MANILA, PHILIPPINES - Despite the substantial economic benefits that Asian women migrant workers generate from their work in the Arab region, they often migrate under unsafe conditions, are targets of sexual exploitation and violence, and are highly vulnerable to factors that lead to HIV infection, says a study released here today by the UN Development Programme (UNDP) and the Joint Programme on HIV/AIDS (UNAIDS).
In the midst of the global economic crisis, with rates of unemployment multiplying on a daily basis, the situation of migrant workers is under threat. When demand for labour wanes, those in the weakest bargaining position, usually temporary migrant workers and particularly the undocumented, will accept almost any conditions to hold on to their jobs.
Based on almost 600 interviews in four Asian countries and three in the Arab States, the report, HIV Vulnerabilities of Migrant Women: from Asia to the Arab States, reveals the social, economic and health toll that migration imposes on emigrating women, particularly low-skilled ones who are lured by job prospects.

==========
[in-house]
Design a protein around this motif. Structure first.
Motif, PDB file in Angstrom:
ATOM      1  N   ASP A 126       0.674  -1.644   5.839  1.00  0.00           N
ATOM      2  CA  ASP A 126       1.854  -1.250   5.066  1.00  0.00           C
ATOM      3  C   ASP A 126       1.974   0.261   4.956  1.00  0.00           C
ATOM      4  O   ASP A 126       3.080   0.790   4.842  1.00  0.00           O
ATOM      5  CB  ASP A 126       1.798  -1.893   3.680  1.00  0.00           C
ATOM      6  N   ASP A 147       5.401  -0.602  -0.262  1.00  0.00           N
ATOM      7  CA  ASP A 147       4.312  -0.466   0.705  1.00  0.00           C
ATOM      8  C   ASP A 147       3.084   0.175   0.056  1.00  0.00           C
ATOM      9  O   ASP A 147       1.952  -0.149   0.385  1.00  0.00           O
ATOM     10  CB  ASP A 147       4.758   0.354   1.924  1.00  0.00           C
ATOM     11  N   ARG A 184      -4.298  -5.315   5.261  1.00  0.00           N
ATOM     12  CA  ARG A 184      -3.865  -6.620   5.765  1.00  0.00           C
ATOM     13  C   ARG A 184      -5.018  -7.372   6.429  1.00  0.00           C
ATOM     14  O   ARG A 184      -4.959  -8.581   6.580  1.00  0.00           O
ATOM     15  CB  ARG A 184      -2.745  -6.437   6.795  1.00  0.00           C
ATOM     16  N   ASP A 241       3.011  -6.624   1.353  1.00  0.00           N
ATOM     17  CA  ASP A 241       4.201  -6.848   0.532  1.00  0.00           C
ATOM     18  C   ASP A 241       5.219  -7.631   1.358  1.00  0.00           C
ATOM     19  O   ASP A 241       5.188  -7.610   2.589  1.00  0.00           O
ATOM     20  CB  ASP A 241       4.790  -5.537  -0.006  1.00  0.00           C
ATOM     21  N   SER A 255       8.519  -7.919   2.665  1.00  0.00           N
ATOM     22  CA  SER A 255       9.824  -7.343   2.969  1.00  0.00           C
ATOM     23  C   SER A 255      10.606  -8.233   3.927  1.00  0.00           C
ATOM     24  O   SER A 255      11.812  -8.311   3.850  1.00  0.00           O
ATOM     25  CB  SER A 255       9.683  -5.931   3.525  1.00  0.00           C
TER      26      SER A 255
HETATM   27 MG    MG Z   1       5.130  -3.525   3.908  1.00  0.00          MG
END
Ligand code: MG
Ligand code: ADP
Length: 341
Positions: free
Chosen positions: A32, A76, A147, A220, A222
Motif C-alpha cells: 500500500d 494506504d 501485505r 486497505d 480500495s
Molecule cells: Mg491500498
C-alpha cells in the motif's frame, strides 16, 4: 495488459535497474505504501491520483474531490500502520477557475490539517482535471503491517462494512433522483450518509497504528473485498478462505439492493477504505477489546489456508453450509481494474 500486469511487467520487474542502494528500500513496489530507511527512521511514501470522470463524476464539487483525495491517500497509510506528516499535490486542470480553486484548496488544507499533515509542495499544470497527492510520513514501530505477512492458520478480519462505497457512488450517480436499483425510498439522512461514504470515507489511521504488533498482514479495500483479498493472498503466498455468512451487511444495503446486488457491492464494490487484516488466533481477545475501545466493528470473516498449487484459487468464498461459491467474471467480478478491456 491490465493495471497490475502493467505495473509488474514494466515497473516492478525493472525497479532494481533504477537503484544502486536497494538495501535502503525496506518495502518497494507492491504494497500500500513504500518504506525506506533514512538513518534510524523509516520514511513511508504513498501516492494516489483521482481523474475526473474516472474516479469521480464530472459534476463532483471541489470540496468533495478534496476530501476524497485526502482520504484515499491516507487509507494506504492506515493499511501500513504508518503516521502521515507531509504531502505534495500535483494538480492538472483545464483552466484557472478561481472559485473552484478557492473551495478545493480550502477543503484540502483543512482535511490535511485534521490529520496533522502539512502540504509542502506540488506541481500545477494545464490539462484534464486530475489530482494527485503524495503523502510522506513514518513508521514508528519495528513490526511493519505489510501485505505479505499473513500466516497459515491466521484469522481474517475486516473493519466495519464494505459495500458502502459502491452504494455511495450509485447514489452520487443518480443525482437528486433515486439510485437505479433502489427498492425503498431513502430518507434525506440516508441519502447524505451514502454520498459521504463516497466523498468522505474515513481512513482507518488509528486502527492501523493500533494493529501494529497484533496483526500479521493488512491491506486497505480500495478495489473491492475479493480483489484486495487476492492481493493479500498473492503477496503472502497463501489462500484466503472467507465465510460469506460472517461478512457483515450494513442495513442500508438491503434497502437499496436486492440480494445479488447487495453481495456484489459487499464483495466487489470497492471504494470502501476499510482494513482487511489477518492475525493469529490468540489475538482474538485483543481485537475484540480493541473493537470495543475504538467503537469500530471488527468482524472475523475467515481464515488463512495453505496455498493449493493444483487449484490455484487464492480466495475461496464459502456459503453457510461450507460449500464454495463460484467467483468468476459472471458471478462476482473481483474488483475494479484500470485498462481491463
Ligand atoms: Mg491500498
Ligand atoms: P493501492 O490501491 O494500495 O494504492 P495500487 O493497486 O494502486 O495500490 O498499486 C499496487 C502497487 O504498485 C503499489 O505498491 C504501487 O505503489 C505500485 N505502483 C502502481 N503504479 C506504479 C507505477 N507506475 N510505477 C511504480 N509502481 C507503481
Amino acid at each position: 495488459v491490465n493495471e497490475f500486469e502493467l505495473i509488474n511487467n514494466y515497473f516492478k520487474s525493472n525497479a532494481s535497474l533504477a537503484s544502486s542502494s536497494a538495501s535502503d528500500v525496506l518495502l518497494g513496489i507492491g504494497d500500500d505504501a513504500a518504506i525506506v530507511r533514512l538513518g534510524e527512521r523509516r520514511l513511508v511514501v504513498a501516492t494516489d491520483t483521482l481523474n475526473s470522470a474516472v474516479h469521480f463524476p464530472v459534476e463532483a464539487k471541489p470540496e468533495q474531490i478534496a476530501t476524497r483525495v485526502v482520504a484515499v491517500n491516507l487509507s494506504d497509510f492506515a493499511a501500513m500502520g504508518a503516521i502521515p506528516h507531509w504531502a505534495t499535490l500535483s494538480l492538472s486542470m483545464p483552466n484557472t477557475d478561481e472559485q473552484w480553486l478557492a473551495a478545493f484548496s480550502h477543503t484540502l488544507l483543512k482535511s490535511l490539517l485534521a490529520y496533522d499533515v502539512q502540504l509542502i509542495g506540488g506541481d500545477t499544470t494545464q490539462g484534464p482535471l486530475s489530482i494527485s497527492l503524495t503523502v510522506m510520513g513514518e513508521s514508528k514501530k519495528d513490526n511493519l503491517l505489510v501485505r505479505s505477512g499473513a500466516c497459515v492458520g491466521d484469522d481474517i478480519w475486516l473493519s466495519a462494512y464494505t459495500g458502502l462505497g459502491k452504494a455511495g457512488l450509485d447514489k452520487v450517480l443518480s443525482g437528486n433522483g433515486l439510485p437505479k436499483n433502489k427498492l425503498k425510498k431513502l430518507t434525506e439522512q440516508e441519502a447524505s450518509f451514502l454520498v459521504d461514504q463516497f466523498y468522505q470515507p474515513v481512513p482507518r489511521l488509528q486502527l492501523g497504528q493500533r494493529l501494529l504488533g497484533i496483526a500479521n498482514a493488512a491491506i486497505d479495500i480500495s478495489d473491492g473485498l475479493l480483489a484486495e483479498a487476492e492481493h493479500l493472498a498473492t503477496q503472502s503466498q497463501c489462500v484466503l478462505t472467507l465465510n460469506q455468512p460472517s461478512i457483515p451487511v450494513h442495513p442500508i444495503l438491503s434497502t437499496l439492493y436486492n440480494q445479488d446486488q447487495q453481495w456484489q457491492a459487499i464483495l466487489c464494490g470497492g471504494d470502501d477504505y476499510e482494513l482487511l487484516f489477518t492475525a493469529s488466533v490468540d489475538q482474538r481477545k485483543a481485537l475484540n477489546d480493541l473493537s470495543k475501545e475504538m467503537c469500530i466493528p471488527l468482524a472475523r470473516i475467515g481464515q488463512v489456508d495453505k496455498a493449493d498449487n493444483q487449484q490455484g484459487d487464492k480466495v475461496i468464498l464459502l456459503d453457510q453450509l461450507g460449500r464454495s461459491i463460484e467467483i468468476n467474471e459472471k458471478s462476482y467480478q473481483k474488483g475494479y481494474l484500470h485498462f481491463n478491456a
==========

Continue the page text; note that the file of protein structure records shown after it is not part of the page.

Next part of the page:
The Arab States are the primary destination for many migrant workers from Asia, including Bangladesh, Pakistan, the Philippines and Sri Lanka, the countries which are the focus of the research. The host countries examined in the study are: Bahrain, Lebanon and UAE.
The report, a collaborative initiative of UNDP, UNAIDS, IOM and UNIFEM estimates that 70-80 percent of migrants from Sri Lanka and the Philippines to the Arab States are women. Between 1991 and 2007, 60 percent of women migrants from Bangladesh left to find employment in the Arab States. Remittances from Filipinos working in the Arab States in 2007 amounted to $2.17 billion. In Bangladesh, migrant workers sent back close to $637 million from the UAE. Current remittances by migrant workers from Sri Lanka amount to $3 billion...
READ THE FULL REPORT AT UNDP.org